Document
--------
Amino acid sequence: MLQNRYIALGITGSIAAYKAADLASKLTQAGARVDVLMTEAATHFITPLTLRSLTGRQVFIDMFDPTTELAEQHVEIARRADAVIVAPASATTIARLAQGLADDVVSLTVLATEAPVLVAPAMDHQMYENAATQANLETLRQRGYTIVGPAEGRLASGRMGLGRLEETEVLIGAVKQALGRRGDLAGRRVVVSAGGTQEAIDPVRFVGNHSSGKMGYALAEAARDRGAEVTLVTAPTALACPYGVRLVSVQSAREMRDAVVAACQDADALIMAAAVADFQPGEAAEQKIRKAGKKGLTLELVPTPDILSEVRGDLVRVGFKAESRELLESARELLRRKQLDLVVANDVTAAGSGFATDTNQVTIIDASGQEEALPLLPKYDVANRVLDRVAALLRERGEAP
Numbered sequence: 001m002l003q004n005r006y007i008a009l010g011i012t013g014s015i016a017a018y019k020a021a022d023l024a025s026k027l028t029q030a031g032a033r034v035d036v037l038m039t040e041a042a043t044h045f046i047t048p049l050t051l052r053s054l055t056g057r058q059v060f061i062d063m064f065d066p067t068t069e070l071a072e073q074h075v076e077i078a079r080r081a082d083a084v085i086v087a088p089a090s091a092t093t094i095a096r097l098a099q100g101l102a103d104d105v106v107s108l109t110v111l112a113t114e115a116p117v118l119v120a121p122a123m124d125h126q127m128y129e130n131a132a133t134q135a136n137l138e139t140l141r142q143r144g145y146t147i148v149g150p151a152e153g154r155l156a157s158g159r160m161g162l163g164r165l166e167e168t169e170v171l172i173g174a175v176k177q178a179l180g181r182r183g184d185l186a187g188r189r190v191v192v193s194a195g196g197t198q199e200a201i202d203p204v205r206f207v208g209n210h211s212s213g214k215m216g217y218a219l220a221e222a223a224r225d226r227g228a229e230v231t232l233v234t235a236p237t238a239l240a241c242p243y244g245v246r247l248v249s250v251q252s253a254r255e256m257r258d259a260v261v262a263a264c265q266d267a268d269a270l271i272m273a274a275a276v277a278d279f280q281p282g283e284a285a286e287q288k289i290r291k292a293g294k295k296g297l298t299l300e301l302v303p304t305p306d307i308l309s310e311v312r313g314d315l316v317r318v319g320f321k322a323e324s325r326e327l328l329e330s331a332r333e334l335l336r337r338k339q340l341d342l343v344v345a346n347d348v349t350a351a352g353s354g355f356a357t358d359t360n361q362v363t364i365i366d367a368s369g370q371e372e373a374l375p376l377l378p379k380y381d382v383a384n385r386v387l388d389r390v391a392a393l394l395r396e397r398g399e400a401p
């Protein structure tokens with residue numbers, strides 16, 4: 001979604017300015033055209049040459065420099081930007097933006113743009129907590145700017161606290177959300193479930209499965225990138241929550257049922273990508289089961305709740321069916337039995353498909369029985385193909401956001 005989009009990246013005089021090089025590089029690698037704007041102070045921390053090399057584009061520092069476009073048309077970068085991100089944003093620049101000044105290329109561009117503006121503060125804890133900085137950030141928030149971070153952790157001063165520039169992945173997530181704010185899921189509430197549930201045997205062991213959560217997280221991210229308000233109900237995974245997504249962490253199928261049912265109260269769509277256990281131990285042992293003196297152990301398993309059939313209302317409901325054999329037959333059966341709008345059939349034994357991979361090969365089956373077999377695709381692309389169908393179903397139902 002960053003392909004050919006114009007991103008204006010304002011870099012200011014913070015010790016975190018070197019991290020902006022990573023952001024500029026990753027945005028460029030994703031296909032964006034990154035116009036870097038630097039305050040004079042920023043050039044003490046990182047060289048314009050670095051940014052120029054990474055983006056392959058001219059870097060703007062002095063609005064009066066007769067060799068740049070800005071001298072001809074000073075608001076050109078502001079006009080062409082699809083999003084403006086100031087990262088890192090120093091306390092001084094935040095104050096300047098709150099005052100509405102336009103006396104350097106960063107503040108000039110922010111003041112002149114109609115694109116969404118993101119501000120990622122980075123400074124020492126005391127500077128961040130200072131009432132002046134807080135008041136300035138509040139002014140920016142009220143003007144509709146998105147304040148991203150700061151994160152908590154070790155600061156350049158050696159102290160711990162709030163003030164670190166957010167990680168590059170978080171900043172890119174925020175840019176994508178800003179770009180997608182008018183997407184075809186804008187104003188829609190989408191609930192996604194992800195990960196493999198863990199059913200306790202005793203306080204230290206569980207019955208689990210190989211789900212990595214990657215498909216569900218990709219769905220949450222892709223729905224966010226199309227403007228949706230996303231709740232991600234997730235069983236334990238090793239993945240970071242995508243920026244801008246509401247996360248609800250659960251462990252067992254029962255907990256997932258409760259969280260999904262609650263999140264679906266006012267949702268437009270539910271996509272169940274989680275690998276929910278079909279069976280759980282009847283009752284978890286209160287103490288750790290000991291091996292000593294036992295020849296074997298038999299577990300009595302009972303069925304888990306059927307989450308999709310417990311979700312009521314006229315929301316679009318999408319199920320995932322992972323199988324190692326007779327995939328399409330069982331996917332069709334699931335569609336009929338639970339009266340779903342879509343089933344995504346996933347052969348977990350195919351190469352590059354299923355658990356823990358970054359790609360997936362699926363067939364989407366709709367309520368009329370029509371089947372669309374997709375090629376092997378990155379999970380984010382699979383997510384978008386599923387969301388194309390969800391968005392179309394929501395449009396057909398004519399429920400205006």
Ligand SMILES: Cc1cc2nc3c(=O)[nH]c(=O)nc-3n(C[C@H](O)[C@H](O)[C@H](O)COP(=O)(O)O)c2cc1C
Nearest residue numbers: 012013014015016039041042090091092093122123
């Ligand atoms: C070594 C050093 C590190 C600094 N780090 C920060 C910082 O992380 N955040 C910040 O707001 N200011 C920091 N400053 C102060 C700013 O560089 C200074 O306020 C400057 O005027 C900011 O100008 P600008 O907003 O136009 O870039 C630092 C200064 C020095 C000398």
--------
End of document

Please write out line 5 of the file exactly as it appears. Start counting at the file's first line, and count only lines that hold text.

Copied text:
Nearest residue numbers: 012013014015016039041042090091092093122123